Home > Book Review, Thriller > Review of The Shadow Tracer by Meg Gardiner

Review of The Shadow Tracer by Meg Gardiner

The Shadow TracerBy Tim Chamberlain

The latest thriller from Edgar Award-winning novelist Meg Gardiner is a careening pursuit through the southwest that rarely lets up on the gas.

Meg Gardiner opens The Shadow Tracer with a gripping scene that not only introduces you to our heroine, Sarah Keller, but is also the event that began all of her troubles. It’s something that isn’t completely explained at the time–Gardiner revisits this scene several times, showing both the reasons for Sarah’s current predicament and her own skill at the slow reveal.

While I won’t get into all of the details of Sarah’s predicament here, the vital information is this: Sarah has been in hiding for five years, raising her murdered sister’s daughter as her own. She’s been working as a skip tracer (more on that in a moment), keeping her head down and trying to give her niece/daughter Zoe the most normal existence possible. However, thanks to some bad luck following a school bus accident, Sarah is forced to go on the run with Zoe.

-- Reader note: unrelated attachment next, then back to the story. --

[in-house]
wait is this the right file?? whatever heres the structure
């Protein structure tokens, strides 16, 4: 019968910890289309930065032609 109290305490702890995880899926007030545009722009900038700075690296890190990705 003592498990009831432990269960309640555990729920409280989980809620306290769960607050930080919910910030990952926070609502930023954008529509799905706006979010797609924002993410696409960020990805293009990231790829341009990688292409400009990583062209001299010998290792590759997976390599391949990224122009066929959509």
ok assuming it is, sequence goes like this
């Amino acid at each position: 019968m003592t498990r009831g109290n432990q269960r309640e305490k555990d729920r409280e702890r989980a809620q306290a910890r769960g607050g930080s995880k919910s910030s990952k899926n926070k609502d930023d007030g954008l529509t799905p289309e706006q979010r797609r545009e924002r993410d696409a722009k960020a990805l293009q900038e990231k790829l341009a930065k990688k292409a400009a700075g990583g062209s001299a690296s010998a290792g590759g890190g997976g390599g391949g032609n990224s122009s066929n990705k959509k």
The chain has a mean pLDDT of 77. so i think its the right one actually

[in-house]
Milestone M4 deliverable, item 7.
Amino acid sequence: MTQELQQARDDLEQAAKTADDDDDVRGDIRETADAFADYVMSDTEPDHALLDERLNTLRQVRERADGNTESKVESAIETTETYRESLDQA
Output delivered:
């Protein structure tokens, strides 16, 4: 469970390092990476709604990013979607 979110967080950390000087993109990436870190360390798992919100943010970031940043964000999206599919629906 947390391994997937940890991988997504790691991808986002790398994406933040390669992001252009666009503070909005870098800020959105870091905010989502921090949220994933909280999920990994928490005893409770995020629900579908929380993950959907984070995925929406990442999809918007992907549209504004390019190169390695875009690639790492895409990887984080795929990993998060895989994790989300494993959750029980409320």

The action really takes off from there, and Gardiner has no trouble keeping the pace up. Given the fact that the bad guys chasing Sarah and Zoe are methamphetamine-making (and using) polygamist zealots, I suppose that’s not very surprising.

One of the really fun elements of The Shadow Tracer is Sarah’s occupation as a skip tracer. Think of a skip tracer as a kind of modern bounty hunter–someone that tracks down people trying to avoid jail or debts, people on the run. It makes for some excellent action with Sarah, a woman that aspired to be a Secret Service agent as a child, as she suddenly becomes the one on the run.

Another aspect I enjoyed was how seamlessly Gardiner weaved in elements to her story that marked it as clearly happening in the early 21st century–references to social media and smartphones, little snippets of current music in the background. Many authors can be heavy-handed with this, almost like they’re winking at you about it. Gardiner smoothly rolls it into the story, only noticeable because you know that this is happening in the present day.

The Shadow Tracer has all the necessary elements for a solid action novel: a strong, relatable heroine; believable action; a strong cast of characters; and a real knack for getting the details right. But Gardiner also gives it a fairly fresh plotline, something that’s difficult to pull off in this genre, and something that makes The Shadow Tracer highly recommendable.

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